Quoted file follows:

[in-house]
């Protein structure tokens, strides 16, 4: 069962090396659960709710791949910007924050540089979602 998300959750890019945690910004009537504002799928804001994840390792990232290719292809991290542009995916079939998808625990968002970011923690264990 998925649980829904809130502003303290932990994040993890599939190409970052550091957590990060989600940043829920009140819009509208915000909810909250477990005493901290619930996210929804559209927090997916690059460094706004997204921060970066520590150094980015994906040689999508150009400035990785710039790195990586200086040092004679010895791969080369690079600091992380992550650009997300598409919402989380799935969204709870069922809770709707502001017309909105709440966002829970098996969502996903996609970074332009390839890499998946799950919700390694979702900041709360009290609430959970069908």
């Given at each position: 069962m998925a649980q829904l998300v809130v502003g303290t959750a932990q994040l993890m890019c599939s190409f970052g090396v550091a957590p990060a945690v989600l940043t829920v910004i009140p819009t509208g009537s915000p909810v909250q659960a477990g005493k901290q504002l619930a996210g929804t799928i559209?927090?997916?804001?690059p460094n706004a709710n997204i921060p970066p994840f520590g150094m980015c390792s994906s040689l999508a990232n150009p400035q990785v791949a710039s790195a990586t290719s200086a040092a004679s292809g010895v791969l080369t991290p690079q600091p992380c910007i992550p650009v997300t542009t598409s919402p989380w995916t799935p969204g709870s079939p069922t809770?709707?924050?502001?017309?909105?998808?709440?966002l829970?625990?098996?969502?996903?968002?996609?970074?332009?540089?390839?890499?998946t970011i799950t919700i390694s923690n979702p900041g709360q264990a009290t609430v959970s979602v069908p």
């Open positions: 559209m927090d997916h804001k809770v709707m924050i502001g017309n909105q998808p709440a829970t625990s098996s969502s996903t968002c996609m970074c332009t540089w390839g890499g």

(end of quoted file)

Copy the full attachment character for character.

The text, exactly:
[in-house]
């Protein structure tokens, strides 16, 4: 069962090396659960709710791949910007924050540089979602 998300959750890019945690910004009537504002799928804001994840390792990232290719292809991290542009995916079939998808625990968002970011923690264990 998925649980829904809130502003303290932990994040993890599939190409970052550091957590990060989600940043829920009140819009509208915000909810909250477990005493901290619930996210929804559209927090997916690059460094706004997204921060970066520590150094980015994906040689999508150009400035990785710039790195990586200086040092004679010895791969080369690079600091992380992550650009997300598409919402989380799935969204709870069922809770709707502001017309909105709440966002829970098996969502996903996609970074332009390839890499998946799950919700390694979702900041709360009290609430959970069908």
């Given at each position: 069962m998925a649980q829904l998300v809130v502003g303290t959750a932990q994040l993890m890019c599939s190409f970052g090396v550091a957590p990060a945690v989600l940043t829920v910004i009140p819009t509208g009537s915000p909810v909250q659960a477990g005493k901290q504002l619930a996210g929804t799928i559209?927090?997916?804001?690059p460094n706004a709710n997204i921060p970066p994840f520590g150094m980015c390792s994906s040689l999508a990232n150009p400035q990785v791949a710039s790195a990586t290719s200086a040092a004679s292809g010895v791969l080369t991290p690079q600091p992380c910007i992550p650009v997300t542009t598409s919402p989380w995916t799935p969204g709870s079939p069922t809770?709707?924050?502001?017309?909105?998808?709440?966002l829970?625990?098996?969502?996903?968002?996609?970074?332009?540089?390839?890499?998946t970011i799950t919700i390694s923690n979702p900041g709360q264990a009290t609430v959970s979602v069908p």
């Open positions: 559209m927090d997916h804001k809770v709707m924050i502001g017309n909105q998808p709440a829970t625990s098996s969502s996903t968002c996609m970074c332009t540089w390839g890499g």